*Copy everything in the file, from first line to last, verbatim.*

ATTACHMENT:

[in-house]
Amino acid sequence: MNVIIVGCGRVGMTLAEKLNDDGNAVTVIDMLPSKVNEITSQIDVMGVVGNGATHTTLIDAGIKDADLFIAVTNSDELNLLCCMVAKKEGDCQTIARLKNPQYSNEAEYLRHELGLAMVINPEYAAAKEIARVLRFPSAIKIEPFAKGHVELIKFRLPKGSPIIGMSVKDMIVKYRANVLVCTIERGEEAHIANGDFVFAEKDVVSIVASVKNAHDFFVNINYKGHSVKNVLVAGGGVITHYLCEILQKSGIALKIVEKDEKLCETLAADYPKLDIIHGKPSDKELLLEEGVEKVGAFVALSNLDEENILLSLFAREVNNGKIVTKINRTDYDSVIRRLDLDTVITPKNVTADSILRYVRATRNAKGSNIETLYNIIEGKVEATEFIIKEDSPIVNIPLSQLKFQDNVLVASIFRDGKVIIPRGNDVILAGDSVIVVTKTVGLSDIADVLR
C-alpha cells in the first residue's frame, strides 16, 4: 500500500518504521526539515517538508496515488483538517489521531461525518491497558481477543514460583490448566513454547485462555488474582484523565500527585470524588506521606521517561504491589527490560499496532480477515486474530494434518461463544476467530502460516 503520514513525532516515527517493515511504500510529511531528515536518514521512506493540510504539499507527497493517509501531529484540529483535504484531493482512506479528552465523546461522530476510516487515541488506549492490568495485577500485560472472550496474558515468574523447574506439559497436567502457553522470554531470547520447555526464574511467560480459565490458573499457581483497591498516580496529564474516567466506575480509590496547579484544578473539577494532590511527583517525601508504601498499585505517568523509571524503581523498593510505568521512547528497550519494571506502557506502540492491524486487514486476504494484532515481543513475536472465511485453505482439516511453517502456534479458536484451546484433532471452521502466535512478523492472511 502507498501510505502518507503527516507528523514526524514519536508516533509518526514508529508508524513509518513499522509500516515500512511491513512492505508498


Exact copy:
[in-house]
Amino acid sequence: MNVIIVGCGRVGMTLAEKLNDDGNAVTVIDMLPSKVNEITSQIDVMGVVGNGATHTTLIDAGIKDADLFIAVTNSDELNLLCCMVAKKEGDCQTIARLKNPQYSNEAEYLRHELGLAMVINPEYAAAKEIARVLRFPSAIKIEPFAKGHVELIKFRLPKGSPIIGMSVKDMIVKYRANVLVCTIERGEEAHIANGDFVFAEKDVVSIVASVKNAHDFFVNINYKGHSVKNVLVAGGGVITHYLCEILQKSGIALKIVEKDEKLCETLAADYPKLDIIHGKPSDKELLLEEGVEKVGAFVALSNLDEENILLSLFAREVNNGKIVTKINRTDYDSVIRRLDLDTVITPKNVTADSILRYVRATRNAKGSNIETLYNIIEGKVEATEFIIKEDSPIVNIPLSQLKFQDNVLVASIFRDGKVIIPRGNDVILAGDSVIVVTKTVGLSDIADVLR
C-alpha cells in the first residue's frame, strides 16, 4: 500500500518504521526539515517538508496515488483538517489521531461525518491497558481477543514460583490448566513454547485462555488474582484523565500527585470524588506521606521517561504491589527490560499496532480477515486474530494434518461463544476467530502460516 503520514513525532516515527517493515511504500510529511531528515536518514521512506493540510504539499507527497493517509501531529484540529483535504484531493482512506479528552465523546461522530476510516487515541488506549492490568495485577500485560472472550496474558515468574523447574506439559497436567502457553522470554531470547520447555526464574511467560480459565490458573499457581483497591498516580496529564474516567466506575480509590496547579484544578473539577494532590511527583517525601508504601498499585505517568523509571524503581523498593510505568521512547528497550519494571506502557506502540492491524486487514486476504494484532515481543513475536472465511485453505482439516511453517502456534479458536484451546484433532471452521502466535512478523492472511 502507498501510505502518507503527516507528523514526524514519536508516533509518526514508529508508524513509518513499522509500516515500512511491513512492505508498